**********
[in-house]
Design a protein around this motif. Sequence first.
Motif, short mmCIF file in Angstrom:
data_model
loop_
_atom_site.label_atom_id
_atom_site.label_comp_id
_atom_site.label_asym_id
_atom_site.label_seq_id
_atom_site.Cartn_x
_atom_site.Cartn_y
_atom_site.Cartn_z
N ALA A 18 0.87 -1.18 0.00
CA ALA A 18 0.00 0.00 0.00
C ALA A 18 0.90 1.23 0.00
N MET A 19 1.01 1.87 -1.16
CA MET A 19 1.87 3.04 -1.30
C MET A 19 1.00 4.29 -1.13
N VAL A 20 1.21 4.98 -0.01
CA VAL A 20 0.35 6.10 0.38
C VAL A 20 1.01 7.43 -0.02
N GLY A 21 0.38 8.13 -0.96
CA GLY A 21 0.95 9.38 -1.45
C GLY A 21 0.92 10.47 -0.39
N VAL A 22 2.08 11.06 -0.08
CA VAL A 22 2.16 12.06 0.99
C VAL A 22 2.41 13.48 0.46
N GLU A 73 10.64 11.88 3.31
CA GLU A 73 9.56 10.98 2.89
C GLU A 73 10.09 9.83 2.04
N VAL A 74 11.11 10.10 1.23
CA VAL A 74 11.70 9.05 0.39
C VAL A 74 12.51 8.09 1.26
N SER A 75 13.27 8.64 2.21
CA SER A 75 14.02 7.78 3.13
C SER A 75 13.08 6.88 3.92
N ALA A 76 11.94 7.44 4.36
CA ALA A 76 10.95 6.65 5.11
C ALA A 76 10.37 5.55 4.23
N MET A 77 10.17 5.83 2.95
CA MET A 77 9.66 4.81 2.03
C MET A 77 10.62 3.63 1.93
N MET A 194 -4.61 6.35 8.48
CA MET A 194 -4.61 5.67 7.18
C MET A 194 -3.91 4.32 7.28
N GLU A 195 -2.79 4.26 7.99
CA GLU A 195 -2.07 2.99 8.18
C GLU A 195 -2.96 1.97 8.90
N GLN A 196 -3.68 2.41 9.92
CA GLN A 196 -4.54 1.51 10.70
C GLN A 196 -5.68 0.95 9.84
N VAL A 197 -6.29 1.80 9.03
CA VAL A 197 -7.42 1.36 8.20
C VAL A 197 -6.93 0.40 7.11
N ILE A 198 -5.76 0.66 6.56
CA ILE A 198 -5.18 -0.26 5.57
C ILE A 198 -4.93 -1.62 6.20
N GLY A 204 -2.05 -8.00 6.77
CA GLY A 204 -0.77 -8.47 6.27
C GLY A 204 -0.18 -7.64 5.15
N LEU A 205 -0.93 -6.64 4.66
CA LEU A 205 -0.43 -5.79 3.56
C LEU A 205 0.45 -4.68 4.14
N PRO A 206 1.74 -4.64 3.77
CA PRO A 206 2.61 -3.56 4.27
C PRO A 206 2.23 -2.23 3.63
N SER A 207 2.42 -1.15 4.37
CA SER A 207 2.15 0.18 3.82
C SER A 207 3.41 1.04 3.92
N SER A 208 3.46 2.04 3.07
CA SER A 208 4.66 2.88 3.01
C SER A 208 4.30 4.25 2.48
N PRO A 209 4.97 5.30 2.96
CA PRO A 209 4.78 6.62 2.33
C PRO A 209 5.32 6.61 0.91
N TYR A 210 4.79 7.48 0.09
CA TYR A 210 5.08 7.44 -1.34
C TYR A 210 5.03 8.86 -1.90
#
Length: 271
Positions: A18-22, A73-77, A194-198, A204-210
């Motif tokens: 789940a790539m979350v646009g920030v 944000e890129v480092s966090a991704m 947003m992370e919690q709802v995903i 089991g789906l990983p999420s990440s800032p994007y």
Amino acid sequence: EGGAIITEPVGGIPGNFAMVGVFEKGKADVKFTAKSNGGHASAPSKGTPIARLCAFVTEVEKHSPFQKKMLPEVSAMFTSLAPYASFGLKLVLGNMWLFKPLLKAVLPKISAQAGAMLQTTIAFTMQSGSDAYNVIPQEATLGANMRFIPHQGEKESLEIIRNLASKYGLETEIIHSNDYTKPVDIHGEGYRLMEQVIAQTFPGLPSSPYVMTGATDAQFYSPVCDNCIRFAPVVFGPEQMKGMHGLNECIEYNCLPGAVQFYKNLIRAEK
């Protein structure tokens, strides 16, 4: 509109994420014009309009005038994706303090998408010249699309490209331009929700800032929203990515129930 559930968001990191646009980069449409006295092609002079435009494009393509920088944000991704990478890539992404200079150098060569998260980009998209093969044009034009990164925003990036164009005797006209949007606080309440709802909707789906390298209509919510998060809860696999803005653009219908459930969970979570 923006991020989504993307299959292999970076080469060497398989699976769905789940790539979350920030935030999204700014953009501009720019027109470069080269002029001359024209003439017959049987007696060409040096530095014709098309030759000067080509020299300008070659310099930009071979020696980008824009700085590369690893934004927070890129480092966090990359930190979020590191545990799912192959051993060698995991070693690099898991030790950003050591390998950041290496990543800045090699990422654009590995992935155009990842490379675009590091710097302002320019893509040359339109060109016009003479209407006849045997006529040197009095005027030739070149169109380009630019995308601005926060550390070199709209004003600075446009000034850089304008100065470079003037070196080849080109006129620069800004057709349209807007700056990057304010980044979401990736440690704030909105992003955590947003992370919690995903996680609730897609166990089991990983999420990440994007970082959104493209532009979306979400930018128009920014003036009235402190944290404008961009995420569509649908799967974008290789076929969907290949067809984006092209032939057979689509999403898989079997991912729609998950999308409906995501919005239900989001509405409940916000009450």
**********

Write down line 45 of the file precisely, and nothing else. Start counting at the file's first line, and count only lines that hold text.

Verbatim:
C MET A 194 -3.91 4.32 7.28